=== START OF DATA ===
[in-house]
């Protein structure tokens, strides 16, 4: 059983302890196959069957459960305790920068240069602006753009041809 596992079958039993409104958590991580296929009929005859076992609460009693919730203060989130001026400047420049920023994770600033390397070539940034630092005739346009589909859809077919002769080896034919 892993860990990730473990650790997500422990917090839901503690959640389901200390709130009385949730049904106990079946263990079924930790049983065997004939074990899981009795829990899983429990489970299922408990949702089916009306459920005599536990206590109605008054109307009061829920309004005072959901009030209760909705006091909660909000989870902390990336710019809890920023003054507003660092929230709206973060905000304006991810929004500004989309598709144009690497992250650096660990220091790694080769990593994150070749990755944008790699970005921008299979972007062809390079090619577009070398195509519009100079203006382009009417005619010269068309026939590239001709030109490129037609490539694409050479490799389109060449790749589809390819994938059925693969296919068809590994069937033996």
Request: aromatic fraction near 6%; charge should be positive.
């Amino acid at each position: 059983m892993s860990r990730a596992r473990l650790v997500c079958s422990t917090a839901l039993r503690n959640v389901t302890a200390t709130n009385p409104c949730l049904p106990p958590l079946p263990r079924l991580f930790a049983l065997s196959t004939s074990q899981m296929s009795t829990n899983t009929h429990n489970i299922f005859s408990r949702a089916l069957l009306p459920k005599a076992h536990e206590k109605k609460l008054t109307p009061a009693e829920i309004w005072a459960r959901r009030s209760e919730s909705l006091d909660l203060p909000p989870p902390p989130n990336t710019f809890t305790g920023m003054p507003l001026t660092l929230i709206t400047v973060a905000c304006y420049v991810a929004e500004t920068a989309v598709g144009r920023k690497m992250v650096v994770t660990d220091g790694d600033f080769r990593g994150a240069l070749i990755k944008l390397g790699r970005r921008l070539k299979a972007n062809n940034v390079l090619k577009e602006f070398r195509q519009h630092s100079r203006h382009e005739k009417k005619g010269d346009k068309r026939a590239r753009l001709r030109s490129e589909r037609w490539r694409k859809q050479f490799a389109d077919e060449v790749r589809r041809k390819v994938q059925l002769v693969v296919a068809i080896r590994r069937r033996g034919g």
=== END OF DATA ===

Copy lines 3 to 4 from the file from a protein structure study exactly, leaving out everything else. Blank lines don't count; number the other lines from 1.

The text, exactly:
Request: aromatic fraction near 6%; charge should be positive.
């Amino acid at each position: 059983m892993s860990r990730a596992r473990l650790v997500c079958s422990t917090a839901l039993r503690n959640v389901t302890a200390t709130n009385p409104c949730l049904p106990p958590l079946p263990r079924l991580f930790a049983l065997s196959t004939s074990q899981m296929s009795t829990n899983t009929h429990n489970i299922f005859s408990r949702a089916l069957l009306p459920k005599a076992h536990e206590k109605k609460l008054t109307p009061a009693e829920i309004w005072a459960r959901r009030s209760e919730s909705l006091d909660l203060p909000p989870p902390p989130n990336t710019f809890t305790g920023m003054p507003l001026t660092l929230i709206t400047v973060a905000c304006y420049v991810a929004e500004t920068a989309v598709g144009r920023k690497m992250v650096v994770t660990d220091g790694d600033f080769r990593g994150a240069l070749i990755k944008l390397g790699r970005r921008l070539k299979a972007n062809n940034v390079l090619k577009e602006f070398r195509q519009h630092s100079r203006h382009e005739k009417k005619g010269d346009k068309r026939a590239r753009l001709r030109s490129e589909r037609w490539r694409k859809q050479f490799a389109d077919e060449v790749r589809r041809k390819v994938q059925l002769v693969v296919a068809i080896r590994r069937r033996g034919g």